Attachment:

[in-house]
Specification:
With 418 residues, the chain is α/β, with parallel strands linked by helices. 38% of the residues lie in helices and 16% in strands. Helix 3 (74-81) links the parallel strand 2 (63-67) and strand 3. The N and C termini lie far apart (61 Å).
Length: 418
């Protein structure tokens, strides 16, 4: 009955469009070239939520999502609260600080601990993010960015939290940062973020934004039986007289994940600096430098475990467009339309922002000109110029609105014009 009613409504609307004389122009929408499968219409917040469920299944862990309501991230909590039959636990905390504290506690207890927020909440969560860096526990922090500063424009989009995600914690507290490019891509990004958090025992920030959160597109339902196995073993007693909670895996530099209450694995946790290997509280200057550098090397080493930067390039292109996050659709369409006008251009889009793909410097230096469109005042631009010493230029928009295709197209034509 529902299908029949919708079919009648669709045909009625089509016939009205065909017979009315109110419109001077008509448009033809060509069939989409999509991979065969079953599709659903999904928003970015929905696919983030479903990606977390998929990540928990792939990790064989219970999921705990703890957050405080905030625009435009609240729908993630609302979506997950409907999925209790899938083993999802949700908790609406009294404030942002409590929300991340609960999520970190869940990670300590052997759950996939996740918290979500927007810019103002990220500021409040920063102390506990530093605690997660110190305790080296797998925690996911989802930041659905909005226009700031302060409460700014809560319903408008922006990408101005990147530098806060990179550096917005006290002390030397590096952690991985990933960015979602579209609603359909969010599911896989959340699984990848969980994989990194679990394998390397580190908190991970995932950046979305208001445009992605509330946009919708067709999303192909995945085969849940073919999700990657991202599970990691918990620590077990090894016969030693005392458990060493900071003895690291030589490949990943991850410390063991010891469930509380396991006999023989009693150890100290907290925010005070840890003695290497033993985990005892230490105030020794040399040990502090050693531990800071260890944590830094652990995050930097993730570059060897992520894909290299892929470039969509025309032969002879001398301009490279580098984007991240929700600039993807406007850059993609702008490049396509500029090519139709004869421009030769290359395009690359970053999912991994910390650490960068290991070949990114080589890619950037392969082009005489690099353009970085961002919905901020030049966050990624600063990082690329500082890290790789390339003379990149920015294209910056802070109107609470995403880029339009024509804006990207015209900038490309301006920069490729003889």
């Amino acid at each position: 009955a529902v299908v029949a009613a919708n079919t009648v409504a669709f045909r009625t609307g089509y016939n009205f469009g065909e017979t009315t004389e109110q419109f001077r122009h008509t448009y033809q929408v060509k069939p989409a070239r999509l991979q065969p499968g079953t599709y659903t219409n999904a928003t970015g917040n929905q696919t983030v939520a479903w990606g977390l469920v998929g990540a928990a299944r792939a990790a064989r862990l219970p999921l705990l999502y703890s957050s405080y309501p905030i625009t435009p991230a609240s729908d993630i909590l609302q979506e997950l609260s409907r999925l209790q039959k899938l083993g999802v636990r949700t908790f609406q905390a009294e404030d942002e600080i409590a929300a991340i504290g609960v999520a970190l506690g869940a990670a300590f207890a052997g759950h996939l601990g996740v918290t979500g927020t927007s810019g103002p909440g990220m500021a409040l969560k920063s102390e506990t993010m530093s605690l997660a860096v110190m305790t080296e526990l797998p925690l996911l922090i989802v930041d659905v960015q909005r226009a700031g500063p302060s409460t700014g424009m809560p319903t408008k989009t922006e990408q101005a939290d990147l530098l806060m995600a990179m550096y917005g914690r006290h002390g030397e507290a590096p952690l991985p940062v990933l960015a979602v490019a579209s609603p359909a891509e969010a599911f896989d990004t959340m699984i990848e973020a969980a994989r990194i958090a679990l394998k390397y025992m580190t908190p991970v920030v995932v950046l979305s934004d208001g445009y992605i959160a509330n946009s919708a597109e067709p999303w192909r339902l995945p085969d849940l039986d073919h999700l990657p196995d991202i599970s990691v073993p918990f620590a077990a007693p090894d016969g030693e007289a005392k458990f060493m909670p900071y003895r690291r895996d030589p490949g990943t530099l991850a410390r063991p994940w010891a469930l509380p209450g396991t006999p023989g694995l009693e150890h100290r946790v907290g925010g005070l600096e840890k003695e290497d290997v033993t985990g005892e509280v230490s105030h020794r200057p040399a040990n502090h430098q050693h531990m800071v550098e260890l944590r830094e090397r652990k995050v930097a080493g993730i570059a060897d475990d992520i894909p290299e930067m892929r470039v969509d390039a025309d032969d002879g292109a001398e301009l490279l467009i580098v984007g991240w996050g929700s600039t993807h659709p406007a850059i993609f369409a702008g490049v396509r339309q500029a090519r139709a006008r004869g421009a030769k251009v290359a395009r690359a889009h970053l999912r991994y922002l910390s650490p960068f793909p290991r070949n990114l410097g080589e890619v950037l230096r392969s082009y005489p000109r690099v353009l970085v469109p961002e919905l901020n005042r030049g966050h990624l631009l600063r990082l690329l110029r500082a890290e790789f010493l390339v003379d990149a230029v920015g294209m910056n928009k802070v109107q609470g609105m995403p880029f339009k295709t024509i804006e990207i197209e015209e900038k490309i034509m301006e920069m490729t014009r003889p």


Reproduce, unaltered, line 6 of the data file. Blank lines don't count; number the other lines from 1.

């Amino acid at each position: 009955a529902v299908v029949a009613a919708n079919t009648v409504a669709f045909r009625t609307g089509y016939n009205f469009g065909e017979t009315t004389e109110q419109f001077r122009h008509t448009y033809q929408v060509k069939p989409a070239r999509l991979q065969p499968g079953t599709y659903t219409n999904a928003t970015g917040n929905q696919t983030v939520a479903w990606g977390l469920v998929g990540a928990a299944r792939a990790a064989r862990l219970p999921l705990l999502y703890s957050s405080y309501p905030i625009t435009p991230a609240s729908d993630i909590l609302q979506e997950l609260s409907r999925l209790q039959k899938l083993g999802v636990r949700t908790f609406q905390a009294e404030d942002e600080i409590a929300a991340i504290g609960v999520a970190l506690g869940a990670a300590f207890a052997g759950h996939l601990g996740v918290t979500g927020t927007s810019g103002p909440g990220m500021a409040l969560k920063s102390e506990t993010m530093s605690l997660a860096v110190m305790t080296e526990l797998p925690l996911l922090i989802v930041d659905v960015q909005r226009a700031g500063p302060s409460t700014g424009m809560p319903t408008k989009t922006e990408q101005a939290d990147l530098l806060m995600a990179m550096y917005g914690r006290h002390g030397e507290a590096p952690l991985p940062v990933l960015a979602v490019a579209s609603p359909a891509e969010a599911f896989d990004t959340m699984i990848e973020a969980a994989r990194i958090a679990l394998k390397y025992m580190t908190p991970v920030v995932v950046l979305s934004d208001g445009y992605i959160a509330n946009s919708a597109e067709p999303w192909r339902l995945p085969d849940l039986d073919h999700l990657p196995d991202i599970s990691v073993p918990f620590a077990a007693p090894d016969g030693e007289a005392k458990f060493m909670p900071y003895r690291r895996d030589p490949g990943t530099l991850a410390r063991p994940w010891a469930l509380p209450g396991t006999p023989g694995l009693e150890h100290r946790v907290g925010g005070l600096e840890k003695e290497d290997v033993t985990g005892e509280v230490s105030h020794r200057p040399a040990n502090h430098q050693h531990m800071v550098e260890l944590r830094e090397r652990k995050v930097a080493g993730i570059a060897d475990d992520i894909p290299e930067m892929r470039v969509d390039a025309d032969d002879g292109a001398e301009l490279l467009i580098v984007g991240w996050g929700s600039t993807h659709p406007a850059i993609f369409a702008g490049v396509r339309q500029a090519r139709a006008r004869g421009a030769k251009v290359a395009r690359a889009h970053l999912r991994y922002l910390s650490p960068f793909p290991r070949n990114l410097g080589e890619v950037l230096r392969s082009y005489p000109r690099v353009l970085v469109p961002e919905l901020n005042r030049g966050h990624l631009l600063r990082l690329l110029r500082a890290e790789f010493l390339v003379d990149a230029v920015g294209m910056n928009k802070v109107q609470g609105m995403p880029f339009k295709t024509i804006e990207i197209e015209e900038k490309i034509m301006e920069m490729t014009r003889p």